The 36th annual meeting of the Society of Interventional Radiology was held March 26 to 31 in Chicago and attracted over 5,200 participants from around the world, including clinicians, academicians, allied health professionals, and others interested interventional radiology. The conference highlighted recent advances in disease management and minimally invasive, image-guided therapeutic interventions, with presentations also focusing on improving the health of patients through improvements in image-guided therapy.
In one study, Ji Hoon Shin, M.D., of the University of Ulsan in Seoul, South Korea, and colleagues found that pelvic arterial embolization (PAE) is a safe and effective treatment for primary postpartum hemorrhage. The investigators evaluated the outcomes of 225 patients (average age, 32 years) who underwent PAE for primary postpartum hemorrhage between January 2000 and June 2010.
"There have not been many studies that have looked at the effectiveness and safety of PAE for postpartum hemorrhage, and most of them included [fewer] than 100 patients. Our sample evaluated over 200 patients and found that PAE was effective and safe, demonstrating an initial success rate of 86 percent, increasing to a clinical success rate of 89 percent with repeat PAE," Shin said.
The investigators also found that a few patients underwent additional PAE sessions or surgeries, and overall bleeding control was achieved in 97.8 percent of the patients studied.
"For the treatment of postpartum hemorrhage, hysterectomy -- complete removal of the uterus -- [has been] the definitive surgical solution for many years. However, PAE is a safe and effective minimally invasive treatment for postpartum hemorrhage," Shin added. "A major advantage of PAE is that it can save the uterus and preserve fertility. Referring obstetricians' awareness of this procedure is still limited. The patients need to know [about] the option of this kind of PAE because it is a rapid, safe, and uterus-saving procedure."
In another study, Riad Salem, M.D., of Northwestern University in Chicago, and colleagues found that higher doses of intra-arterial yttrium-90 radioembolization (Y-90) than previously tried are safe, are effective in patients who fail chemotherapy, and preserve patients' quality of life. In a four-year, prospective study, the investigators evaluated the efficacy and safety of Y-90 in 151 patients with liver metastases from colorectal, neuroendocrine, and other cancers.
"We knew that this unique interventional radiology treatment, done on an outpatient basis, which combines the radioactive isotope Y-90 into microspheres (small beads about the width of five red blood cells) that deliver radiation directly to a tumor, was one of the best ways to give patients a treatment that doesn't harm healthy cells," Salem said in a statement. "Now we know that patients can actually tolerate much higher doses of radiation than previously thought, which provides results in patients progressing on standard chemotherapy."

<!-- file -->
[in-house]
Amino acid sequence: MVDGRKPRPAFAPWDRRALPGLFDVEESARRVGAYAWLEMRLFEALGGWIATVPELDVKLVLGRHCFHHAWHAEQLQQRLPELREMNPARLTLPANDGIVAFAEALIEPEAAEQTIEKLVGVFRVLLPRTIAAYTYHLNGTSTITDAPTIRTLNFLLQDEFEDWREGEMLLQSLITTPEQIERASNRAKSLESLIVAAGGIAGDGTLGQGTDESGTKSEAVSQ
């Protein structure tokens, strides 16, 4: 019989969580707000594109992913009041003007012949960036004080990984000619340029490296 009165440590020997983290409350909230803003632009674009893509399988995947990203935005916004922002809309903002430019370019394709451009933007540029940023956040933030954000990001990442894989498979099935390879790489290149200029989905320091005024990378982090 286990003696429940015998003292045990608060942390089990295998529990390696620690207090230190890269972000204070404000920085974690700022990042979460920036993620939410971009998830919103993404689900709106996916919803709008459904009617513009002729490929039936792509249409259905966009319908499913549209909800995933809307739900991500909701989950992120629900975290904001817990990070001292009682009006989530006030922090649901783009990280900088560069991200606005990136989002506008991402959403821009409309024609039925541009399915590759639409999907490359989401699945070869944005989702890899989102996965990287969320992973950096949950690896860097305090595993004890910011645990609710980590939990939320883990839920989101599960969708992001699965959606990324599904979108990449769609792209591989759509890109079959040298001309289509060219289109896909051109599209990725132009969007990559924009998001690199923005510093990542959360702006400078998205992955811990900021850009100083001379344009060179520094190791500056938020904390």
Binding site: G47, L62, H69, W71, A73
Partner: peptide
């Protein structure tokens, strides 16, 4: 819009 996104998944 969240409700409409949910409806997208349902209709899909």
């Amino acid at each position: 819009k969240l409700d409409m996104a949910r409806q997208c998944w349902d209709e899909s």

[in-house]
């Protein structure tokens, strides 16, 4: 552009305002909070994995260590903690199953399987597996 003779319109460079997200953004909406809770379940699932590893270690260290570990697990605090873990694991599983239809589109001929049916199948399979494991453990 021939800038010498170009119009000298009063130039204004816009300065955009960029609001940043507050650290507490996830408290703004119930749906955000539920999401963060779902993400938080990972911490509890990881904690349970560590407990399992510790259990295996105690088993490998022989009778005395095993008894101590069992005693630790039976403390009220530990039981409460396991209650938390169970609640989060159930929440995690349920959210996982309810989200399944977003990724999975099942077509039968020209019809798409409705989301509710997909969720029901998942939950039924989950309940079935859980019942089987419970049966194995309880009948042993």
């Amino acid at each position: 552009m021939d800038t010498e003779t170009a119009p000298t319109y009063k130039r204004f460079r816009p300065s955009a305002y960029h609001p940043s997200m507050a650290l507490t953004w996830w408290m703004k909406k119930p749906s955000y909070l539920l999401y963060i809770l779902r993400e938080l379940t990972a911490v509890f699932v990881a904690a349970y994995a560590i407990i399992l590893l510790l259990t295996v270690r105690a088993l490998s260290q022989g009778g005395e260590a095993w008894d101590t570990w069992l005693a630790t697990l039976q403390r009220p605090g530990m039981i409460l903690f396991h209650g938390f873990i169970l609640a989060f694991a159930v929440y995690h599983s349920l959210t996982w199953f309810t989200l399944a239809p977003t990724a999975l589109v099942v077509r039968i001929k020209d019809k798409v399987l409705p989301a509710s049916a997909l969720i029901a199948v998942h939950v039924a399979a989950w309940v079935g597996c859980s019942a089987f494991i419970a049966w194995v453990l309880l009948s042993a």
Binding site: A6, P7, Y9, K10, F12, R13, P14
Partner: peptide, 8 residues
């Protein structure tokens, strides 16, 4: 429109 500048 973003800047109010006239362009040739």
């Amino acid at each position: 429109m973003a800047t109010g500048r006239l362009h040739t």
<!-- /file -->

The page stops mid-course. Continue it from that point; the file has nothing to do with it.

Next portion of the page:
James B. Spies, M.D., of the Georgetown University Medical Center in Washington, D.C., and colleagues found that treating fibroids with uterine fibroid embolization improves lower urinary tract problems among women without affecting incontinence. The investigators evaluated 46 women with symptomatic fibroids who had lower urinary tract symptoms and underwent uterine fibroid embolization between March 2008 and May 2010.
Three months after treatment, the investigators found that women reported an improvement in most urinary symptoms, with bladder diaries showing a significant reduction in the number of total voids at day and night. No difference was found in incontinence episodes. Obesity may attenuate the effects.
"This research shows that minimally invasive uterine fibroid embolization effectively reduces fibroid-related urinary symptoms in women and should therefore be offered as a treatment choice. Women need to know their options and make treatment choices that are right for them, knowing confidently that uterine fibroid embolization is an option to hysterectomy (uterus removal) and myomectomy (surgical removal of fibroids)," Spies said in a statement.
SIR: Method Effective for Benign Prostatic Hyperplasia
TUESDAY, March 29 (HealthDay News) -- Prostatic artery embolization (PAE) results in symptom improvement similar to that of transurethral resection of the prostate (TURP) among patients with symptomatic benign prostatic hyperplasia (BPH), without the risks related to TURP such as sexual dysfunction, according to research presented at the annual meeting of the Society of Interventional Radiology, held from March 26 to 31 in Chicago.
SIR: Renal Denervation Helps Control Hypertension
MONDAY, March 28 (HealthDay News) -- Renal denervation (RDN) appears to be safe and effective in reducing and controlling hypertension among individuals with uncontrolled hypertension when current medications fail, according to research presented at the annual meeting of the Society of Interventional Radiology, held from March 26 to 31 in Chicago.